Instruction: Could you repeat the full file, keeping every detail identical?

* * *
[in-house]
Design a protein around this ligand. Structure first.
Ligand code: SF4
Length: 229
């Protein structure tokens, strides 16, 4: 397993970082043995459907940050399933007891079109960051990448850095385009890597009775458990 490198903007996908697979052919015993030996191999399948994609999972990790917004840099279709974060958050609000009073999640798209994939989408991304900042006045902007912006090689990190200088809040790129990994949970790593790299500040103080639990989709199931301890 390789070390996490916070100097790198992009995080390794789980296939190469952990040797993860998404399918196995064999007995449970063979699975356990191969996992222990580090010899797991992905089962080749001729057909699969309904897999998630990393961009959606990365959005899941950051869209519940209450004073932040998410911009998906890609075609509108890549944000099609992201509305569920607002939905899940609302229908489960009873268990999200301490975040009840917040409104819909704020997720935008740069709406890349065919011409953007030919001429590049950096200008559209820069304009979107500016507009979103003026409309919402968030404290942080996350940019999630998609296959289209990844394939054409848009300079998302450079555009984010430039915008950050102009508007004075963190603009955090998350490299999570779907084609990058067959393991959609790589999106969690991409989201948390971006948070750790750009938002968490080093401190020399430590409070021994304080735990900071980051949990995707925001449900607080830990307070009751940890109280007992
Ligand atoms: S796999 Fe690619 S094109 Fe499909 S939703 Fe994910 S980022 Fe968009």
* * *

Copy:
[in-house]
Design a protein around this ligand. Structure first.
Ligand code: SF4
Length: 229
């Protein structure tokens, strides 16, 4: 397993970082043995459907940050399933007891079109960051990448850095385009890597009775458990 490198903007996908697979052919015993030996191999399948994609999972990790917004840099279709974060958050609000009073999640798209994939989408991304900042006045902007912006090689990190200088809040790129990994949970790593790299500040103080639990989709199931301890 390789070390996490916070100097790198992009995080390794789980296939190469952990040797993860998404399918196995064999007995449970063979699975356990191969996992222990580090010899797991992905089962080749001729057909699969309904897999998630990393961009959606990365959005899941950051869209519940209450004073932040998410911009998906890609075609509108890549944000099609992201509305569920607002939905899940609302229908489960009873268990999200301490975040009840917040409104819909704020997720935008740069709406890349065919011409953007030919001429590049950096200008559209820069304009979107500016507009979103003026409309919402968030404290942080996350940019999630998609296959289209990844394939054409848009300079998302450079555009984010430039915008950050102009508007004075963190603009955090998350490299999570779907084609990058067959393991959609790589999106969690991409989201948390971006948070750790750009938002968490080093401190020399430590409070021994304080735990900071980051949990995707925001449900607080830990307070009751940890109280007992
Ligand atoms: S796999 Fe690619 S094109 Fe499909 S939703 Fe994910 S980022 Fe968009």